You see, the family member in question just finished his first year of college. And, in typical college fashion, he has no idea what he’s talking about but really believes he does. This particular person can be found on any given day using Facebook updates to preach to all his Facebook friends regarding love, acceptance of gay marriage, forgiveness, and all sorts of other “Christian” values.
I remember being a college freshmen. Your whole world is rocked. Everything you thought you knew is thrown out the window and new, exciting stuff is presented instead. If you’ve experienced college in any way, I think everyone can agree that the whole Collegiate Knowledge thing starts taking over after your first semester. You know how it goes – you take that first humanitarian class that forces you think in a way that’s different from how you’ve been thinking your entire life, and suddenly you know everything. Everyone else is messed up, but not you. You know the truth. About everything. You get it. I was like that. Back in the days of MySpace, my friends and I took great pleasure in writing blog posts all the time about how people didn’t understand stuff, and how if the government would just listen to our one friend who was a poli-sci major, things would get better.
You grow up and learn that the world isn’t black and white. In fact, the world is just different shades of gray where all the inhabitants are pots calling the kettles black. There is no “right” and “wrong” anymore, because every situation that could warrant a right or wrong outcome is different. You can say, “Abortion is bad.” Well, what about incest? What about rape? Is it “right” in your world to force a woman to carry a child that’s the outcome of either of those situations? You can’t make blanket statements that affect that many people and that many outcomes. It isn’t fair. Oh! What’s that? You say, you would carry the child? How do you know that when you’ve never gone through that experience? You can’t know someone’s journey until you walk in their shoes. Trite as that may be, it’s true. In regards to the status up there, that person has no idea what it takes to make a marriage work. No one does until you have one of your own. And even though I’m not a parent, I’ve heard that people with no children always seem to know what’s “best” for people with children. So, you can look in from the outside and make your own conclusions that are based on hearing one side of the story. That’s your prerogative, but I think it’s only fair to acknowledge that there is another side. I think it’s unfair that Robbie’s family is unwilling to hear the other side of the story.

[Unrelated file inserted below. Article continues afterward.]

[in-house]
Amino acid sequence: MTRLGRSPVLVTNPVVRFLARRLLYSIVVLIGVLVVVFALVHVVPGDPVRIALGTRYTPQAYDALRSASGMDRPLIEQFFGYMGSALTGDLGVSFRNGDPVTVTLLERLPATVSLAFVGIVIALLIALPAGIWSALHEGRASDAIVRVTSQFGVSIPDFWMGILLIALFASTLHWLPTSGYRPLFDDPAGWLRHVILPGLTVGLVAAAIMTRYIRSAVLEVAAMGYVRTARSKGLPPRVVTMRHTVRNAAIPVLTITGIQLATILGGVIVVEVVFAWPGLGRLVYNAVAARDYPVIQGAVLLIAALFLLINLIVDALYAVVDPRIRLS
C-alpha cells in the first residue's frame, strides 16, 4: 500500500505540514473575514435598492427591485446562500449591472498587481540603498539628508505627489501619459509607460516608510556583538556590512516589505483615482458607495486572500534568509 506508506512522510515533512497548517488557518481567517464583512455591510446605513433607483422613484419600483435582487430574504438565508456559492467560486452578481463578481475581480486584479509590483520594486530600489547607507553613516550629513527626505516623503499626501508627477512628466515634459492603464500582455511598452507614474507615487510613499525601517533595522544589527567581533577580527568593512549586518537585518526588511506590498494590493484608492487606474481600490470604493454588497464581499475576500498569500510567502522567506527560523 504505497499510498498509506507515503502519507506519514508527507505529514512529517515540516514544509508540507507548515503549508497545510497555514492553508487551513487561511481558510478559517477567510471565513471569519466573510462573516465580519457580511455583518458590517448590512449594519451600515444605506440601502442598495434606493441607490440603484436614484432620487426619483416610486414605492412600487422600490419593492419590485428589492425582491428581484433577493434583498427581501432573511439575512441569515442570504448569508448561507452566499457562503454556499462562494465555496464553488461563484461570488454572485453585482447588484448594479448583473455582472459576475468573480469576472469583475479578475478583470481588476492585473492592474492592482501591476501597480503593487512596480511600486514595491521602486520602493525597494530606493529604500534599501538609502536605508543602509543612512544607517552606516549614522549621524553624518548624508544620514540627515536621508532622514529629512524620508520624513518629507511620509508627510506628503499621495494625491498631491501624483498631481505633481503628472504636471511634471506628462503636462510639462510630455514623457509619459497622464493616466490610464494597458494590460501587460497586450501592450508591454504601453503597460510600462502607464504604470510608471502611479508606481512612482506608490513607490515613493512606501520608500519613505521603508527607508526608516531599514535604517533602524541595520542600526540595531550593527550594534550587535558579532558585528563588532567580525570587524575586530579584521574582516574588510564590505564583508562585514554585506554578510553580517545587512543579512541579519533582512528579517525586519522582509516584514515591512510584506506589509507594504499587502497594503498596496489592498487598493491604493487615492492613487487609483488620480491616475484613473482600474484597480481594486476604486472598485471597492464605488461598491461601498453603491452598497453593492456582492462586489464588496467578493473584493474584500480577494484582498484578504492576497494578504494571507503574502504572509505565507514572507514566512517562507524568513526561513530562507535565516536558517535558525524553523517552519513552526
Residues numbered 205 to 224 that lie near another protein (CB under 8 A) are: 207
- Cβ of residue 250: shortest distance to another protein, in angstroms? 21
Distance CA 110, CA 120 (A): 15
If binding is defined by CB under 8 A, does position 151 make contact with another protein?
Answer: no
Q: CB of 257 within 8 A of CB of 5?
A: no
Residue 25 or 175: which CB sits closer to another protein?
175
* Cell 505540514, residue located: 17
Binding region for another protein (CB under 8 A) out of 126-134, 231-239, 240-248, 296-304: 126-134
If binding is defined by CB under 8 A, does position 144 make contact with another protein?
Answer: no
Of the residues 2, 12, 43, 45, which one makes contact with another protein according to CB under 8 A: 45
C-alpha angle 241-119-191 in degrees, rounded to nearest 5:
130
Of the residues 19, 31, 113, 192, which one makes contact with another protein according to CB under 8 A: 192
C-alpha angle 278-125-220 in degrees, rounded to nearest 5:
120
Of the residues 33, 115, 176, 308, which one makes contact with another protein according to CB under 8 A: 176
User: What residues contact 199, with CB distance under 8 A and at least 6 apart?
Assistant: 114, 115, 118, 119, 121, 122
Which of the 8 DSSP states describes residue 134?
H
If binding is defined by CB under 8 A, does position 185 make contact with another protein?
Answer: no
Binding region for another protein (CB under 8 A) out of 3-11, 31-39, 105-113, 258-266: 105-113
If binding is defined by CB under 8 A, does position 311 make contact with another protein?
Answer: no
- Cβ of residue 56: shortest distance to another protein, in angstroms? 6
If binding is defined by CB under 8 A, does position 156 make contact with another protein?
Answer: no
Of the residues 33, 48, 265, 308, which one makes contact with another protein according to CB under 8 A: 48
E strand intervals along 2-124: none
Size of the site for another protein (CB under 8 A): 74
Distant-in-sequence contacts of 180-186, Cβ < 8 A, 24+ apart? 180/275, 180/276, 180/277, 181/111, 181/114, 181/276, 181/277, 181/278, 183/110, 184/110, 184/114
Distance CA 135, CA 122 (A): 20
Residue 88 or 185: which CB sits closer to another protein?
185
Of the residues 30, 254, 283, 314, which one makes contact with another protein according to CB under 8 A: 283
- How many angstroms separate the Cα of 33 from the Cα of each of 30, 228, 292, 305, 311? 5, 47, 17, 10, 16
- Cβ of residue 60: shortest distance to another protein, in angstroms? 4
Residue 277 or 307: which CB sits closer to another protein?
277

I fear that I’m starting to ramble, so I will draw this to a close. My point is, two cars can be the same year, make, and model, and one still have tons more mileage than the other. I know that I am young and still have tons to learn, and that the family member in question will continue thinking they are in the right and write me off because I am also young in his eyes and not an “adult” yet. But I’m old enough to know that my mom is free to do what she wants, and in this case, I support her decision. If it hadn’t been for me attending college, I wouldn’t be a liberal person. I would still be absolutely republican, bashing everyone for not believing in what I believe in, because I am “right.” I am SO glad I overcame that mindset. But I had to finish college and become much more educated to form any worthwhile opinions of my own. I am still forming them, but I am no longer merely just a freshman.